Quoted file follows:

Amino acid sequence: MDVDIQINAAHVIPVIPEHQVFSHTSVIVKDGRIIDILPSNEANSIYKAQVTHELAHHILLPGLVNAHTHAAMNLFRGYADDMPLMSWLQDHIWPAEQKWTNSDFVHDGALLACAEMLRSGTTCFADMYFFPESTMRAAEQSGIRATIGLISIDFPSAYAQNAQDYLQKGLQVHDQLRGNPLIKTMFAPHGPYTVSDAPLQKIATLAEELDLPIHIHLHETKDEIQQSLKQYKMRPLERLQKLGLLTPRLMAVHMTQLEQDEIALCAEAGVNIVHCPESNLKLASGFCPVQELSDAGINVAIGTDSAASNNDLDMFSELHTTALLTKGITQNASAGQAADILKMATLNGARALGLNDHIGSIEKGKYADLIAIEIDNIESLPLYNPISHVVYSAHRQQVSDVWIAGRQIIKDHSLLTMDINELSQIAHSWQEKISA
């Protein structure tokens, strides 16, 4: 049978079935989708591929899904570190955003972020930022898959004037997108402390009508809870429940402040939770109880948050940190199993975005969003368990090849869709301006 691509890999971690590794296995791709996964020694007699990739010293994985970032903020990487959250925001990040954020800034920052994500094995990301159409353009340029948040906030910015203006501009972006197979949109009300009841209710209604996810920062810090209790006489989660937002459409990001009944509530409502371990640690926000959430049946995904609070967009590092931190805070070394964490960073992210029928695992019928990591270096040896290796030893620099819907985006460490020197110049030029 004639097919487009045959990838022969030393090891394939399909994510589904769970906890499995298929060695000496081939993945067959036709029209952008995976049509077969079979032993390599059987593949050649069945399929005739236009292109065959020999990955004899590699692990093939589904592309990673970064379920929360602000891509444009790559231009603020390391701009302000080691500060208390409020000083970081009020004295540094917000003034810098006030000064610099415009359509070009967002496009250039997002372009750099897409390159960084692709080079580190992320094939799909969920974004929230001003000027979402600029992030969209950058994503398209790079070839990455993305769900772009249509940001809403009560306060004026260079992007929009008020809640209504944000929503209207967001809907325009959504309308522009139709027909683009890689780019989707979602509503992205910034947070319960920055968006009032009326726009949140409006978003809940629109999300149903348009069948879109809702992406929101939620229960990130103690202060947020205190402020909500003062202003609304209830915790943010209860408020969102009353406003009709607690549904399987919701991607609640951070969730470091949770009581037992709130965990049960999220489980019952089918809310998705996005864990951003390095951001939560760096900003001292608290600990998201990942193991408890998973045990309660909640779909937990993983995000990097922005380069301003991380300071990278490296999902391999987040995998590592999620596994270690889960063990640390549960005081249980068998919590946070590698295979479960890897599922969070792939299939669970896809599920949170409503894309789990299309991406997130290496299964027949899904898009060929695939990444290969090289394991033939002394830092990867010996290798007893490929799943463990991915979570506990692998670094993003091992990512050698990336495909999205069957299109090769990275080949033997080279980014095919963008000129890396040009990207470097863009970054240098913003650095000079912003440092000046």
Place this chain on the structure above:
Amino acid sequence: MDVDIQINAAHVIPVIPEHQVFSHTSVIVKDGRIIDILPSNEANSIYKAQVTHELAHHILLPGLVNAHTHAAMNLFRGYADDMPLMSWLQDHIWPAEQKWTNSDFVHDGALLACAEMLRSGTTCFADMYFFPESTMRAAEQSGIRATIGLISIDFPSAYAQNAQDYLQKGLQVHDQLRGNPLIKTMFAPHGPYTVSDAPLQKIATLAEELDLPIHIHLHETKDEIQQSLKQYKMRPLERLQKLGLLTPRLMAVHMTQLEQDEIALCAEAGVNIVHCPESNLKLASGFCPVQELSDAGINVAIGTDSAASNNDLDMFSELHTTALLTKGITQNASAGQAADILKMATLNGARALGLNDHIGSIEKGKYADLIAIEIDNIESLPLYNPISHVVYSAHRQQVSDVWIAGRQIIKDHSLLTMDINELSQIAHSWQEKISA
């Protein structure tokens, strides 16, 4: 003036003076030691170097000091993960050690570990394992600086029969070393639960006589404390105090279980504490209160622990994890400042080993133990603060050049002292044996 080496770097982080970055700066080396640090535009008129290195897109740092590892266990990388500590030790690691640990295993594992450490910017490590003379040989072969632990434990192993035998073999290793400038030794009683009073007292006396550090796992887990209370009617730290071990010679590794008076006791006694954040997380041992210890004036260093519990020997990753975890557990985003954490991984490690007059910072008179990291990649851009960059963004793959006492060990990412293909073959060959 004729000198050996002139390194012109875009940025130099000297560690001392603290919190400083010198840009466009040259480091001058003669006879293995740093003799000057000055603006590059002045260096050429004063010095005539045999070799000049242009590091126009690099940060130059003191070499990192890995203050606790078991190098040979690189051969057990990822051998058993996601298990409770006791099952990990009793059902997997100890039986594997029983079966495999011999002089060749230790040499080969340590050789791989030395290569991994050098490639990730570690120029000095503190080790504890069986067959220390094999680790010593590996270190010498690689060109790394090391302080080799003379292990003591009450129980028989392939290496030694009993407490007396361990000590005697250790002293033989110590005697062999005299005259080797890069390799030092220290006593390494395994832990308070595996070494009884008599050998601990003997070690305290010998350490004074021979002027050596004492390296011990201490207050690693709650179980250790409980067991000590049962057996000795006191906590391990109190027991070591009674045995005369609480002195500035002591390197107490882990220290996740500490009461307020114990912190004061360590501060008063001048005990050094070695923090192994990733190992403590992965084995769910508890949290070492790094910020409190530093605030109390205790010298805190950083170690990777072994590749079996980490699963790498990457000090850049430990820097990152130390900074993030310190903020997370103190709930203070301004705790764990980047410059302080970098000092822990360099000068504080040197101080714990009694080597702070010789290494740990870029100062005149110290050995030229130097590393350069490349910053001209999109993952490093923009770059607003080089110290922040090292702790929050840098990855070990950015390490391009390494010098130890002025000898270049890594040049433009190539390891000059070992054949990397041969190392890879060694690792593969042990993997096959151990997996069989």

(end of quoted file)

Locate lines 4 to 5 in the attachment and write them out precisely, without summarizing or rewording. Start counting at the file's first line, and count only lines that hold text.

Amino acid sequence: MDVDIQINAAHVIPVIPEHQVFSHTSVIVKDGRIIDILPSNEANSIYKAQVTHELAHHILLPGLVNAHTHAAMNLFRGYADDMPLMSWLQDHIWPAEQKWTNSDFVHDGALLACAEMLRSGTTCFADMYFFPESTMRAAEQSGIRATIGLISIDFPSAYAQNAQDYLQKGLQVHDQLRGNPLIKTMFAPHGPYTVSDAPLQKIATLAEELDLPIHIHLHETKDEIQQSLKQYKMRPLERLQKLGLLTPRLMAVHMTQLEQDEIALCAEAGVNIVHCPESNLKLASGFCPVQELSDAGINVAIGTDSAASNNDLDMFSELHTTALLTKGITQNASAGQAADILKMATLNGARALGLNDHIGSIEKGKYADLIAIEIDNIESLPLYNPISHVVYSAHRQQVSDVWIAGRQIIKDHSLLTMDINELSQIAHSWQEKISA
């Protein structure tokens, strides 16, 4: 003036003076030691170097000091993960050690570990394992600086029969070393639960006589404390105090279980504490209160622990994890400042080993133990603060050049002292044996 080496770097982080970055700066080396640090535009008129290195897109740092590892266990990388500590030790690691640990295993594992450490910017490590003379040989072969632990434990192993035998073999290793400038030794009683009073007292006396550090796992887990209370009617730290071990010679590794008076006791006694954040997380041992210890004036260093519990020997990753975890557990985003954490991984490690007059910072008179990291990649851009960059963004793959006492060990990412293909073959060959 004729000198050996002139390194012109875009940025130099000297560690001392603290919190400083010198840009466009040259480091001058003669006879293995740093003799000057000055603006590059002045260096050429004063010095005539045999070799000049242009590091126009690099940060130059003191070499990192890995203050606790078991190098040979690189051969057990990822051998058993996601298990409770006791099952990990009793059902997997100890039986594997029983079966495999011999002089060749230790040499080969340590050789791989030395290569991994050098490639990730570690120029000095503190080790504890069986067959220390094999680790010593590996270190010498690689060109790394090391302080080799003379292990003591009450129980028989392939290496030694009993407490007396361990000590005697250790002293033989110590005697062999005299005259080797890069390799030092220290006593390494395994832990308070595996070494009884008599050998601990003997070690305290010998350490004074021979002027050596004492390296011990201490207050690693709650179980250790409980067991000590049962057996000795006191906590391990109190027991070591009674045995005369609480002195500035002591390197107490882990220290996740500490009461307020114990912190004061360590501060008063001048005990050094070695923090192994990733190992403590992965084995769910508890949290070492790094910020409190530093605030109390205790010298805190950083170690990777072994590749079996980490699963790498990457000090850049430990820097990152130390900074993030310190903020997370103190709930203070301004705790764990980047410059302080970098000092822990360099000068504080040197101080714990009694080597702070010789290494740990870029100062005149110290050995030229130097590393350069490349910053001209999109993952490093923009770059607003080089110290922040090292702790929050840098990855070990950015390490391009390494010098130890002025000898270049890594040049433009190539390891000059070992054949990397041969190392890879060694690792593969042990993997096959151990997996069989």